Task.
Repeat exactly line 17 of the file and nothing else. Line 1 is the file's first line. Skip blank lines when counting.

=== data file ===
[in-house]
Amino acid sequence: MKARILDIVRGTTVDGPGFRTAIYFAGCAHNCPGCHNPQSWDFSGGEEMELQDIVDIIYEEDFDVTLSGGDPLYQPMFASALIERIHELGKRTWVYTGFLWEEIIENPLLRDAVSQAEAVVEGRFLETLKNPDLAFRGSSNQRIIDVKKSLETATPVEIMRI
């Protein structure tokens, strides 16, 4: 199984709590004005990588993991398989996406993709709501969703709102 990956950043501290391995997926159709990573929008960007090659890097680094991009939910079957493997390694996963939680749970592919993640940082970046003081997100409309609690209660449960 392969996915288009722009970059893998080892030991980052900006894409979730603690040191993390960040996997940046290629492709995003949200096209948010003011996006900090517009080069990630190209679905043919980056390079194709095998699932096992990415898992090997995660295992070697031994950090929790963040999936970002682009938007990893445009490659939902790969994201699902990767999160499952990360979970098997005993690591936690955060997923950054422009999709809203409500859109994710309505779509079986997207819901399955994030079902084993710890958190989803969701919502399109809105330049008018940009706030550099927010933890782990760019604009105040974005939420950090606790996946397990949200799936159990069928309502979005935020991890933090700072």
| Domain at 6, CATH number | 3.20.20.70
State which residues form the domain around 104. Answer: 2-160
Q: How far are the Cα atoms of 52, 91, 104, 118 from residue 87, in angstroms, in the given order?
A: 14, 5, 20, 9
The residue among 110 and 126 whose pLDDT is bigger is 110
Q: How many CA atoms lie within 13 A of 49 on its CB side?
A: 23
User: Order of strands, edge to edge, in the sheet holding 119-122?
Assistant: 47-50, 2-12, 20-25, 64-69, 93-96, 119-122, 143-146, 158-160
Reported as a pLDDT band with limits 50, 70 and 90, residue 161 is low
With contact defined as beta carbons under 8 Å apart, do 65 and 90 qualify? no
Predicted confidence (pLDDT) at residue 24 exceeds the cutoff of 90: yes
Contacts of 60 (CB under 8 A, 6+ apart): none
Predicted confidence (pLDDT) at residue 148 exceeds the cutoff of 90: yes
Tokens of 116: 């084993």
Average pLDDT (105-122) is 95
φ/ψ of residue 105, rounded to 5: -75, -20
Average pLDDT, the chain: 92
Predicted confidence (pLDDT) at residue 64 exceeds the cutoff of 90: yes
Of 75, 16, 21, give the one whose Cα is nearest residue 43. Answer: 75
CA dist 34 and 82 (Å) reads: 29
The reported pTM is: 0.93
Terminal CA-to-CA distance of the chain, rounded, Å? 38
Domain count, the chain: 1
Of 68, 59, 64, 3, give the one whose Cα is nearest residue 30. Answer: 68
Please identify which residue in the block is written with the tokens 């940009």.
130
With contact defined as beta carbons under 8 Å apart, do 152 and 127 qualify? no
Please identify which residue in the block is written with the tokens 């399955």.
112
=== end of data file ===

Predicted confidence (pLDDT) at residue 148 exceeds the cutoff of 90: yes